Platform: ‘Conscience clause’ can help promote tolerance and respect

Paul Givan

Paul Givan

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Lagan Valley DUP MLA Paul Givan will on Monday launch his Private Member’s Bill to introduce a ‘conscience clause’. Here, he argues that reasonable accommodation should be introduced to allow people of faith to live out their lives – in particular their working lives – according to their conscience

The decision by the Equality Commission to launch legal action against Ashers Bakery for refusing to print a slogan in support of gay marriage made headlines across the UK and beyond. It has also highlighted the fact that some equality legislation is having an adverse effect on those with religious belief when it comes to the provision of goods and services.

The more recent case where the Catholic Church has had to end its relationship with an adoption services provider has caused further distress.

I believe that this is wrong and there should be legislation that strikes a balance between competing and at times conflicting rights. That is why I am consulting on a Private Member’s Bill as a remedy to this problem.

Specifically what is required, and delivered by my Bill, is enhancing the sexual orientation goods and services legislation in order to protect religious service providers and those who want to access services in the context of a religious ethos.

My Bill would mean that ‘reasonable accommodation’ would be made in certain tightly defined circumstances. This would allow our society to make space for difference that encourages a tolerant society allowing people of faith equality of opportunity to contribute and participate fully in our community.

It is important to highlight particular cases which would, and equally important, cases which would not be affected by the legislation I propose.

It would not mean that an evangelical grocer could refuse to sell apples to a gay man. Selling apples does not involve someone to endorse, promote or facilitate a same-sex relationship in violation of his or her faith identity so there is no conflict.

It would not mean that a Catholic photographer could refuse to take a photograph of recipes created by a bisexual chef. Taking such photographs again would not have the effect of endorsing, promoting or facilitating a same-sex relationship.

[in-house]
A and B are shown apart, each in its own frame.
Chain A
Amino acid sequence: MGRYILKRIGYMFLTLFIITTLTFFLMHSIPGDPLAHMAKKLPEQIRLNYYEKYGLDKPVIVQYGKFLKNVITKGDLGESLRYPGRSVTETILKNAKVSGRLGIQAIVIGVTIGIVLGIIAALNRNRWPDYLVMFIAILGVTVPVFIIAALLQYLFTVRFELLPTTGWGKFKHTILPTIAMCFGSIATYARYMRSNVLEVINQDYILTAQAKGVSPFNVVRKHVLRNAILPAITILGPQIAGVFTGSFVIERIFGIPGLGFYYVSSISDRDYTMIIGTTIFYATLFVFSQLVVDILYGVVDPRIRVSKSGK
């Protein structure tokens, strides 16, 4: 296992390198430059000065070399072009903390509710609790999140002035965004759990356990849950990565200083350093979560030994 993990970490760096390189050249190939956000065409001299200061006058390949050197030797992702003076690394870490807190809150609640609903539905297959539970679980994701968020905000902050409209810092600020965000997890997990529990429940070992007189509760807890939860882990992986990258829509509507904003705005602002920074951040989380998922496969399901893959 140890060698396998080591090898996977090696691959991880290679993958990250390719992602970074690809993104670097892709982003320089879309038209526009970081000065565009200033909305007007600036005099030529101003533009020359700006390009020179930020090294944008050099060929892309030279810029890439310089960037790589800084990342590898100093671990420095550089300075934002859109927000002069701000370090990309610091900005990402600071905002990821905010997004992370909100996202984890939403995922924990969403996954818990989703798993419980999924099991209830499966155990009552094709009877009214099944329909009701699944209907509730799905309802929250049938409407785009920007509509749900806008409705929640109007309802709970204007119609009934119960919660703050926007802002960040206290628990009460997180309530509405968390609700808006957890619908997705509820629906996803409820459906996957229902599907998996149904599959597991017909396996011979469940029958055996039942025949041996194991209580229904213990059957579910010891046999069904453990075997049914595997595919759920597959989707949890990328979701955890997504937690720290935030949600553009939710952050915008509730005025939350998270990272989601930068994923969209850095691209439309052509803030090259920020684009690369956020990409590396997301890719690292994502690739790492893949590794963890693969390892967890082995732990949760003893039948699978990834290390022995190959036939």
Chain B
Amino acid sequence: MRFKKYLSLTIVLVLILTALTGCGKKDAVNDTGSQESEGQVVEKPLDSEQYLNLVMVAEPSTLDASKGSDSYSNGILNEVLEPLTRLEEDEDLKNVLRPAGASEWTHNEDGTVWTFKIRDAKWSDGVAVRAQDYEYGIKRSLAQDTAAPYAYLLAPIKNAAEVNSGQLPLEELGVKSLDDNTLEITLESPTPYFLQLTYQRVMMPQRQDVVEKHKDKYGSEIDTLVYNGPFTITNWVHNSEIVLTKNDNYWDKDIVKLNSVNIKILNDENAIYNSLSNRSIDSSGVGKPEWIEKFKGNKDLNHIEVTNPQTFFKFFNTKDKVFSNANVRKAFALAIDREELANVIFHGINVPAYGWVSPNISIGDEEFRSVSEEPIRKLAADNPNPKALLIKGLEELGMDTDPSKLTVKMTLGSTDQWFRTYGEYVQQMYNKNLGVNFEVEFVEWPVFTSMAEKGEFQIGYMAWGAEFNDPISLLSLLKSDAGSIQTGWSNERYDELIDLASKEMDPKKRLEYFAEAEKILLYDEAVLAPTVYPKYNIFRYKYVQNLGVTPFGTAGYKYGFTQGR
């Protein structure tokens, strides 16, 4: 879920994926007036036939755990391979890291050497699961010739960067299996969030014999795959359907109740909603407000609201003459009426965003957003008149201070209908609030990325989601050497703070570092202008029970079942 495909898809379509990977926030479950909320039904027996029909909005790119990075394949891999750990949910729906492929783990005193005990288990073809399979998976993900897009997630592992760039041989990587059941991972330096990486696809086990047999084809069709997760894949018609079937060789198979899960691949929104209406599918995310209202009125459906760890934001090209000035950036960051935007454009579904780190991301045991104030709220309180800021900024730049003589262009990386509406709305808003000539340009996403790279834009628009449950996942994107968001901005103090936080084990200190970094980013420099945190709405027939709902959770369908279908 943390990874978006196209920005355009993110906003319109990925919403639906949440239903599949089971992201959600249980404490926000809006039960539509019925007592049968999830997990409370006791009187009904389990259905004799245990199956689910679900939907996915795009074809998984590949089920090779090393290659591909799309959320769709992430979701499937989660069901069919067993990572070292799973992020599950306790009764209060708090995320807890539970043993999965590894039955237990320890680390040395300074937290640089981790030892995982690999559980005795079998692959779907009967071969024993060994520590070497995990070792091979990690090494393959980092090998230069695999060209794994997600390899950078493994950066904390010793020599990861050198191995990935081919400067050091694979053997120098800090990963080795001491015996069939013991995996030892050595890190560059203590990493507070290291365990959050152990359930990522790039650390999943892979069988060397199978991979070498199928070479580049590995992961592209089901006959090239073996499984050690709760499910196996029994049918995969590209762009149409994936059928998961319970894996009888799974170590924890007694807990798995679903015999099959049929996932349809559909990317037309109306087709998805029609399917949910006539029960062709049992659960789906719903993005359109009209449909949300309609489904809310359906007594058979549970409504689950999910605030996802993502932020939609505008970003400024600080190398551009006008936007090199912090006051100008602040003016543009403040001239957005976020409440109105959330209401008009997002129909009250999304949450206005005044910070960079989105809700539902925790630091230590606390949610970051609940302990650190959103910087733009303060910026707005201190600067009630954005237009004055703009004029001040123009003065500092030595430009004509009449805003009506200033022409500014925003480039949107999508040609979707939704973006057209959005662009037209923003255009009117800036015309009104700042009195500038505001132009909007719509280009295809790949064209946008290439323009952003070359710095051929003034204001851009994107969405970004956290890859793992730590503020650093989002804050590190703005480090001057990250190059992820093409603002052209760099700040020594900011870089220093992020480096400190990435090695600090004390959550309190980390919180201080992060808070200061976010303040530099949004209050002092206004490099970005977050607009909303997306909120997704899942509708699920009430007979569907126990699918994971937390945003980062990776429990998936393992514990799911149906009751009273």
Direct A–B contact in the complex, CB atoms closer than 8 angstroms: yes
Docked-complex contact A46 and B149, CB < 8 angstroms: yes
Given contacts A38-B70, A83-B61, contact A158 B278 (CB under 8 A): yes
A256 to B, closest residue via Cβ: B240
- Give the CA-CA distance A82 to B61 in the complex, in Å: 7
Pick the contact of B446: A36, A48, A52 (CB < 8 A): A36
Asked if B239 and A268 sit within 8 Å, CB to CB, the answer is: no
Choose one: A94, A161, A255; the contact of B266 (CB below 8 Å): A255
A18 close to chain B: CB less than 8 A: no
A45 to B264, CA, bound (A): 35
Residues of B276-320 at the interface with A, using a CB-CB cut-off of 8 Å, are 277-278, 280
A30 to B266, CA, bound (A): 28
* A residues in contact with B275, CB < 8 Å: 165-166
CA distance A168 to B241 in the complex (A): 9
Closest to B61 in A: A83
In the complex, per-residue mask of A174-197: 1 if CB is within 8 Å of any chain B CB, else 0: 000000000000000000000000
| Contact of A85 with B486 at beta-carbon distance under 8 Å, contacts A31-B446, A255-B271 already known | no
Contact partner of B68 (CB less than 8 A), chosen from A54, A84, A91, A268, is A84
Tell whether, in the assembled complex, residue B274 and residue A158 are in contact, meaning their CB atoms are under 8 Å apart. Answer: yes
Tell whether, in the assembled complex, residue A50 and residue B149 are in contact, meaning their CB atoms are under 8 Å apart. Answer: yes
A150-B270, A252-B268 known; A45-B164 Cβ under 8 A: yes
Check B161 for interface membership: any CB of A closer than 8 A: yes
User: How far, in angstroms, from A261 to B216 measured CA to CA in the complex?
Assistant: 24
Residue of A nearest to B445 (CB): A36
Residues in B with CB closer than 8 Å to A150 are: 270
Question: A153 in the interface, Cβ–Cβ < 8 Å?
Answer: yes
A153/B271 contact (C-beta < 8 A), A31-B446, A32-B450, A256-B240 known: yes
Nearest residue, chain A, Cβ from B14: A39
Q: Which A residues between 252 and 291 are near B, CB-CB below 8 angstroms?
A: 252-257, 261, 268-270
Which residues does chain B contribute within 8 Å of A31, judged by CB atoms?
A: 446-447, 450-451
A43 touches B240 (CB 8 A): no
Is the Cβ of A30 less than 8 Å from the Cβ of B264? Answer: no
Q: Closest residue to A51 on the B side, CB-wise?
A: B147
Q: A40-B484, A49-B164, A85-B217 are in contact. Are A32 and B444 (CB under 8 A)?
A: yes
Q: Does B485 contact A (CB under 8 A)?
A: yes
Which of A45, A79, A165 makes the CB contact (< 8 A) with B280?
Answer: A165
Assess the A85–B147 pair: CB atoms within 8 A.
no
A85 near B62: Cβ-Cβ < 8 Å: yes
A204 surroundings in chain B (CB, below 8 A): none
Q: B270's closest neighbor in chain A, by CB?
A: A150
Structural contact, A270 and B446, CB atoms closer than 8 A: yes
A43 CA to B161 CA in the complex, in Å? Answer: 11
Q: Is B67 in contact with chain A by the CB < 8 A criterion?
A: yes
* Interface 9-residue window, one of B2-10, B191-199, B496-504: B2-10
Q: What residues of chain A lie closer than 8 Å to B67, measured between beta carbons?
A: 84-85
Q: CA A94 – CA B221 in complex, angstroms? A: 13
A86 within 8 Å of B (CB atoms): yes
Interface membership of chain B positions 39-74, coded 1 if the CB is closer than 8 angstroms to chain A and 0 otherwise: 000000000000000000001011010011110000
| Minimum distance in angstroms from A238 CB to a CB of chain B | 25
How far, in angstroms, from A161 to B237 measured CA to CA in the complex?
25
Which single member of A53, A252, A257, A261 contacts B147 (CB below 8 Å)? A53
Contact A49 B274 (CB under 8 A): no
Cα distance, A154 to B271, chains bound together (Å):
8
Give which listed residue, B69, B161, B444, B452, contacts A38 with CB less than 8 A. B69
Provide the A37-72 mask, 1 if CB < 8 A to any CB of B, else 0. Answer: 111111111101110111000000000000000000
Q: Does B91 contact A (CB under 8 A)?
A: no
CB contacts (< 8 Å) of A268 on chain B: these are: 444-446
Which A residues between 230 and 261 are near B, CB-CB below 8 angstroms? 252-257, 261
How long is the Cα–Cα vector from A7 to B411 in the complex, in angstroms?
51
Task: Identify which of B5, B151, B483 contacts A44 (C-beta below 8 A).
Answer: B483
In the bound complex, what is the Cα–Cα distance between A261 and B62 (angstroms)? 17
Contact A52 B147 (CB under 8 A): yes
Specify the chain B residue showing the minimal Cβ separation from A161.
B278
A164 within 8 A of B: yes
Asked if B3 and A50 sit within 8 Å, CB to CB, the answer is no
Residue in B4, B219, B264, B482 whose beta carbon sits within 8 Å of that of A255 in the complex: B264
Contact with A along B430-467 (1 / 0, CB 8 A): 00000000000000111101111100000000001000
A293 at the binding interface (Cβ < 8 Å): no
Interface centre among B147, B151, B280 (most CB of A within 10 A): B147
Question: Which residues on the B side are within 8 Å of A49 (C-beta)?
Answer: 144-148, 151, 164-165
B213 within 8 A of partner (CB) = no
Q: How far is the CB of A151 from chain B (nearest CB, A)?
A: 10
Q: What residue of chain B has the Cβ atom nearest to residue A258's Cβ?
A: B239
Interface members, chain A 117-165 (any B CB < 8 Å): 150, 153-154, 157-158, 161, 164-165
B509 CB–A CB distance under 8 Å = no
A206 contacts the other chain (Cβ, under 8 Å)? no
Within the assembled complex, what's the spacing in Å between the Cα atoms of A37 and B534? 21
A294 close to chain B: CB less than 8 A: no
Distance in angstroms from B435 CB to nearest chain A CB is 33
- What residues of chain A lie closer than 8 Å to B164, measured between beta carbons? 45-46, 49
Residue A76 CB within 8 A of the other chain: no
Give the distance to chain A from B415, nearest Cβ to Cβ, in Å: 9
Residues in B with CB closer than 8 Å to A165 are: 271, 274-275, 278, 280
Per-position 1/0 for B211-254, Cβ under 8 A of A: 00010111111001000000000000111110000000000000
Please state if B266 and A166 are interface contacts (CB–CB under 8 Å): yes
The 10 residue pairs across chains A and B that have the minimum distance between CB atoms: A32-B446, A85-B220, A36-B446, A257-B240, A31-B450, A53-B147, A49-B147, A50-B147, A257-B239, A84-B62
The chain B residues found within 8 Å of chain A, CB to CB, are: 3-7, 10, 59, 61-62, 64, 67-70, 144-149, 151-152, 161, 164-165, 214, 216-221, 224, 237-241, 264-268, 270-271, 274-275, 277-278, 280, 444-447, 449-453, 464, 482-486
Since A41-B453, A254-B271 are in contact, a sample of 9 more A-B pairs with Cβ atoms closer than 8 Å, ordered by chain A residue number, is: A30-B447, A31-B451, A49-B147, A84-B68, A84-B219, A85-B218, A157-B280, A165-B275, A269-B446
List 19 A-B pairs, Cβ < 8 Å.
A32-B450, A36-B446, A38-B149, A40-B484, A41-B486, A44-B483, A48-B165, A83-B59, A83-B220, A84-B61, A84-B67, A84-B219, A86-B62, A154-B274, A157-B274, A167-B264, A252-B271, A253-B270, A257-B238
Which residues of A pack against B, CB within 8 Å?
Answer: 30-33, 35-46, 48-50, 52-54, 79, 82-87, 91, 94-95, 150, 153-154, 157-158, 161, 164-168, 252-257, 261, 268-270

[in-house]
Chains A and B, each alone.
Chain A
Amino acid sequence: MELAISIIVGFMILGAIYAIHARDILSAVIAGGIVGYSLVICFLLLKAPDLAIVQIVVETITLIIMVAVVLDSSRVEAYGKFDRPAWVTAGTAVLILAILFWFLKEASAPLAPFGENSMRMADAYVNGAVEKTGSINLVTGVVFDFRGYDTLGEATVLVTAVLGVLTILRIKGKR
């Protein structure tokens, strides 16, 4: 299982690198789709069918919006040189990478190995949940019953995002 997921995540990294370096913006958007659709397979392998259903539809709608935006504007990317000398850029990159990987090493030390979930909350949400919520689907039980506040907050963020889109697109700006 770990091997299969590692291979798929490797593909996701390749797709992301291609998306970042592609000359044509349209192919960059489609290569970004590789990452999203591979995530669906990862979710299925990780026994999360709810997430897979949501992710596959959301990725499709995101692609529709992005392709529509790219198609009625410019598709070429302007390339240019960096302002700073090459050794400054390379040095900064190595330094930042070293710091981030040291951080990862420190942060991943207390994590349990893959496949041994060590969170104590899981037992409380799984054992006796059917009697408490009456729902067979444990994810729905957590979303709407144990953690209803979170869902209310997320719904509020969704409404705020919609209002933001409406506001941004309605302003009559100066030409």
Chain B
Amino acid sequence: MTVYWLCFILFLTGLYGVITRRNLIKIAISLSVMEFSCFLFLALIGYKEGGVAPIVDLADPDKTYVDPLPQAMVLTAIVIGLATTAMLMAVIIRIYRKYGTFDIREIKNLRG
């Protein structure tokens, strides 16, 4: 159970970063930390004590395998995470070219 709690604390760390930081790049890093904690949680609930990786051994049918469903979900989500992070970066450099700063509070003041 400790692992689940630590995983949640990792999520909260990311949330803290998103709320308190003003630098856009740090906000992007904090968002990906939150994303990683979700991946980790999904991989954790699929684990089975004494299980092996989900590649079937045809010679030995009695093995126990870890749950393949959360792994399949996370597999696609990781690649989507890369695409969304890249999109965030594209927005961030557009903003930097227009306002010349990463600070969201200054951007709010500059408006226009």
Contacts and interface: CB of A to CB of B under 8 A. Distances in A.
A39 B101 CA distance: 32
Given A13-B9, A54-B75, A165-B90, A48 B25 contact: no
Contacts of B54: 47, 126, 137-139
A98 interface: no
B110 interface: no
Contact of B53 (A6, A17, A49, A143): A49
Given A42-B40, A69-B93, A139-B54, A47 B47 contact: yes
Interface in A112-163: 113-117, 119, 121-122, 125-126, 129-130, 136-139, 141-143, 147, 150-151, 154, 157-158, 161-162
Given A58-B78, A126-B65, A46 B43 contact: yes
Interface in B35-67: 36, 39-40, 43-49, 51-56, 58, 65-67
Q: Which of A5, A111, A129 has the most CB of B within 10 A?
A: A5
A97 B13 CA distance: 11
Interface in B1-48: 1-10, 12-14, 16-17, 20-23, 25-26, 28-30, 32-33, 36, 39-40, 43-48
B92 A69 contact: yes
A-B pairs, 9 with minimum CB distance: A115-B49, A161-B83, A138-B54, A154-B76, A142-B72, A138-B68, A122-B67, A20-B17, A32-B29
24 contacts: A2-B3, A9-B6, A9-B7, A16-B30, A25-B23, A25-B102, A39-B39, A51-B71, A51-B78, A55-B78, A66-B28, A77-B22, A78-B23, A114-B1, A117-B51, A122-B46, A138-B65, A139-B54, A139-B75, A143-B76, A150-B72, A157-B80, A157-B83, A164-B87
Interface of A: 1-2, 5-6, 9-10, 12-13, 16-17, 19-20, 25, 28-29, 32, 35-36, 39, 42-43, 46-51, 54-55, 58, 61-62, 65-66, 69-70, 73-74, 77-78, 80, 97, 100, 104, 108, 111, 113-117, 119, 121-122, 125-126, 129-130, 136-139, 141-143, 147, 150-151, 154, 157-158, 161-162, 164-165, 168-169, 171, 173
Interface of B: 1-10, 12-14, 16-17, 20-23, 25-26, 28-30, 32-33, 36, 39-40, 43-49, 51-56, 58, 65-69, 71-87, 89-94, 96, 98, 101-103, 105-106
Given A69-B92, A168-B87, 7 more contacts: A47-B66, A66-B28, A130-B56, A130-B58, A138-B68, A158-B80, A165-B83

However, it would mean that a Muslim printer would not be required to print a book promoting same-sex relationships in violation of his faith identity. Similarly, it would mean that an evangelical photographer would not be required by law to choose between taking photographs of a civil partnership ceremony in violation of their deeply held beliefs or lose their livelihood.

Given that the nature of faith is that it deals with higher loyalties to God it is very likely that when confronted by such a choice many people would rather lose their livelihood than be pressured by the state into violating their faith identity.

By enhancing the law to make space for people of faith to provide services my Bill will respect the rights of service users who want to be able to continue to access services in the context of for example, an evangelical or Catholic faith ethos.

There is no equality for Catholics that want to access adoption services from their Church which will now be denied because it is more important to put the rights of same-sex couples accessing adoption services from everywhere than Catholics somewhere.

Through this Bill I believe the Northern Ireland Assembly can strike the right balance and I strongly believe it is possible to navigate this difficult area much more effectively than is currently the case. This Private Member’s Bill can contribute to creating a society that is tolerant and respectful by making reasonable accommodation for people to live their lives according to their conscience.